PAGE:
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Key 2018 business payroll information

Posted on January 12, 2018

2018 is most definitely a year of change when it comes to what businesses need to know and do to stay in compliance with the IRS.

Here’s what’s changed regarding payroll, wages and retirement plans, according to the CPA watchdogs at Teipen Selanders Poynter & Ayres:

  • Social Security wage base

Wages are taxed up to $128,400 for FICA in 2018. The 2018 rates for FICA (6.2%) and Medicare (1.45%) remain unchanged from 2017.

  • Employee Payroll retirement contributions

Funding limits for employee* payroll contributions to various types of “qualified” retirement plans are now:  


401, 403b and 457                $18,500                        +              $6,000

SIMPLE – IRA                           $12,500                         +              $3,000

* (An employee must be at least age 50 by 12/31/18 to contribute to “catch up” contributions.)

Businesses and employees should note that the maximum compensation which can be counted for defined contribution retirement plans by the IRS is $275,000 this year (which produces a funding “cap” of $55,000 in 2018).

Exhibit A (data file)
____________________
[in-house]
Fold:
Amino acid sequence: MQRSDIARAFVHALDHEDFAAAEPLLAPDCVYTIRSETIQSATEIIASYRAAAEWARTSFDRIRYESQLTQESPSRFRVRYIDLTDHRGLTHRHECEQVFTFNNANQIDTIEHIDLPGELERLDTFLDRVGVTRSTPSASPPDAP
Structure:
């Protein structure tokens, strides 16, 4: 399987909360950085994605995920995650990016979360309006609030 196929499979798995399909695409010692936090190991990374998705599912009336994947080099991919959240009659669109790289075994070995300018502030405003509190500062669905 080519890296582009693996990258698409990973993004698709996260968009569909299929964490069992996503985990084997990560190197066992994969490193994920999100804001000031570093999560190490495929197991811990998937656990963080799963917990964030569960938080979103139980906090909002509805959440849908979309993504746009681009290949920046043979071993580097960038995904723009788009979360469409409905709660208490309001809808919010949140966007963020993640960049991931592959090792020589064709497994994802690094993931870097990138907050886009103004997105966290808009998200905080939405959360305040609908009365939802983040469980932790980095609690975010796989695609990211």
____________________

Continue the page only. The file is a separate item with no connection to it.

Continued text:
• Health Savings Accounts

IRS stipulated 2018 annual funding limits to health savings accounts (HSAs) are now $3,450 for self-only; $6,900 for family.

Employees age 55 through 65 may fund additional “catch-up” amounts of $1,000 to HSAs ($4,450 for self-only and $7,900 for family HSA accounts).

Businesses should note that these 2018 annual funding limits are the combined contribution amounts between employee and employer funding.

TSPA recommends:

Teipen Selanders Poynter & Ayres CPAs recommend their business clients include employee HSA contributions as an “includable benefit” in a written Section 125 cafeteria plan document in order to save FICA/Medicare taxes.

  • Flexible spending accounts 

The maximum amount an employee can contribute to a health flexible spending account (FSA) during 2018 is $2,650. Contributions to Dependent Care (childcare) FSA accounts are limited to $5,000 in 2018 (or $2,500 if married filing separately).

Again, TSPA recommends that you make sure you have a written Section 125 plan document if you sponsor FSAs.

Students/children of business owners 

Students may earn up to $6,350 in wages during 2018 without paying any Federal income tax. As always, the wages paid to an owner’s children/grandchildren must be reasonable amounts based on the actual work completed. TSPA CPAs recommend that businesses maintain accurate records to prove that wages paid to family members are “reasonable”.

Teipen Selanders Poynter & Ayres CPAs have already logged hundreds of hours studying what’s changed and what hasn’t for 2018, according to the IRS and the new tax code.

If you aren’t sure that what your organization is doing is correct, contact us. We can keep you and your business in good stead.